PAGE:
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Credit card deposit ban – Gambling Commission clamps down vulnerable gamblers

/ / Legislation & Regulation

Between March 2018 and April 2019, Britons spent over £5.3bn whilst gambling at casinos and bingo sites online. 10.5m UK adults gambled online during this year, with 800,000 of them using a credit card.

As of April this year (2020), these 800,000 UK players will be unable to use their credit card to make deposits.

UK players will only be able to make deposits using a debit card or one of the many online payment methods such as PayPal, Skrill, Neteller or Paybyphone to name a few. The ban also covers e-wallets which are funded by credit cards.

Why has The Gambling Commission decided to ban credit card deposits? ​

Research shows that 22% of online gamblers using their credit cards as a means of depositing are classified as “problem gamblers”. All 800,000 of these players are using money that they don’t technically own, which obviously poses its own threats.

Neil McArthur, Gambling Commission chief executive, said: “The ban that we have announced today should minimise the risks of harm to consumers from gambling with money they do not have”. Neil also said, credit cards have given consumers the availability to accumulate tens of thousands of pounds of debt through gambling, intensifying the situation of chasing losses to a greater extent.

The availability of gambling with credit cards, gives an opportunity to improve your credit score if the debt gets paid into the credit card on time. This can be seen tricky as it’s combining entertainment and a desperate urge for players who have realised, they’ll struggle to pay back the debt chasing gambling losses with their credit cards.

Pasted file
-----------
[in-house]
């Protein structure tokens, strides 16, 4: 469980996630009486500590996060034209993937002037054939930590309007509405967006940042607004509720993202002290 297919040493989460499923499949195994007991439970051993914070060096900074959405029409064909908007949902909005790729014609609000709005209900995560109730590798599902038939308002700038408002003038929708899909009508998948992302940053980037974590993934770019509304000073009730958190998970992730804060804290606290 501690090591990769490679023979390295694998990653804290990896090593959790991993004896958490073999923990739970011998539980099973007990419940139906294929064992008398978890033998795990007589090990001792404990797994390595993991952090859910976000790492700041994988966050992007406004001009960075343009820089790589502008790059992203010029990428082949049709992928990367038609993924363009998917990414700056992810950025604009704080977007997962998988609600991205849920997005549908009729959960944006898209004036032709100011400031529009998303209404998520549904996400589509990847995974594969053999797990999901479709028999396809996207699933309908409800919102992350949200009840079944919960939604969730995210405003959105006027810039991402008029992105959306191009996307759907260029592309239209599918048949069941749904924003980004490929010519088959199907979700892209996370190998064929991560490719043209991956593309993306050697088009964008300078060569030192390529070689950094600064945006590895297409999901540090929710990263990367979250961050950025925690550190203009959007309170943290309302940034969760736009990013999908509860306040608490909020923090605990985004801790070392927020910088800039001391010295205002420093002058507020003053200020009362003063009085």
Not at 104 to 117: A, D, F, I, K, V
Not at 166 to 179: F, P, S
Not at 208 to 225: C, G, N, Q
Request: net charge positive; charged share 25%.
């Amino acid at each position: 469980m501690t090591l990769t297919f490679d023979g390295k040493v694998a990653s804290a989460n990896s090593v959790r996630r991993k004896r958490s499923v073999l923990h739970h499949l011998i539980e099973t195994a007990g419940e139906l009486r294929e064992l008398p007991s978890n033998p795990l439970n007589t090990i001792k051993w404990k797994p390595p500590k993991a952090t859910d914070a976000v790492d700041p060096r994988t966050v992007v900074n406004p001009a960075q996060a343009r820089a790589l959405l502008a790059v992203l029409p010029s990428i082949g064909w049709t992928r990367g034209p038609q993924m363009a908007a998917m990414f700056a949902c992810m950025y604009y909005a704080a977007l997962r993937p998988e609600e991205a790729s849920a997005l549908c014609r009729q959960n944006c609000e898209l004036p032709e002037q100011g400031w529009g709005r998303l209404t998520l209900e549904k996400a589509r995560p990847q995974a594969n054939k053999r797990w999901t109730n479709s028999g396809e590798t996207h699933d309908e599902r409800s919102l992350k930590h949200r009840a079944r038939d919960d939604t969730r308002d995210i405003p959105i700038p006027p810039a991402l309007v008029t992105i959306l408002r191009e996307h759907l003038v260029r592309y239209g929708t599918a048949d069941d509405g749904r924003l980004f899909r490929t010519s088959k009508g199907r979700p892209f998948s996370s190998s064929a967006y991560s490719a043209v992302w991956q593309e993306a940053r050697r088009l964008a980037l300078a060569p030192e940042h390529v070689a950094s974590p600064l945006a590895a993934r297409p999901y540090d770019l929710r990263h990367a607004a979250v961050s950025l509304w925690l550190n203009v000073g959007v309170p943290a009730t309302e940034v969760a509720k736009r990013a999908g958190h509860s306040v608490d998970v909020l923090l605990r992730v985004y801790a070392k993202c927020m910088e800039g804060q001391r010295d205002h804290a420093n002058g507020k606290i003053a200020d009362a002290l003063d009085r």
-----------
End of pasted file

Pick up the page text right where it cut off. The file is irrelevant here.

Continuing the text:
Is this Ban enough to protect players gambling with borrowed money?​

Credit cards are just one way of using someone else’s money to gamble with online. How about payday loans? Using payday loans, problem gamblers are able to gain an instant injection of cash which can be used for whatever they please. These often come with much higher interest rates than credit cards, so perhaps this will be enough of a deterrent to keep problem gamblers away.

Many will see this ban as an inconvenience to their gambling experience. 78% of the players who deposited using credit cards were not classed as “problem gamblers” – they’ll need to find a new means of depositing through no fault of their own.

Conclusion
Regardless of the slight inconvenience, this might cause, the ban should only be seen as a positive move to protect vulnerable gamblers. It will not solve the problem that plagues the gambling industry, but it is a step in the right direction. 
Players shouldn’t be allowed to gamble with the money they don’t have, therefore this can feed an addictive cycle of leaving players in debt for years or even decades.
The harm of consumers gambling with money they don’t have is a piece of absolute evidence, “so it is absolutely right that we act decisively to protect them” said Culture Minister, Helen Whately.  

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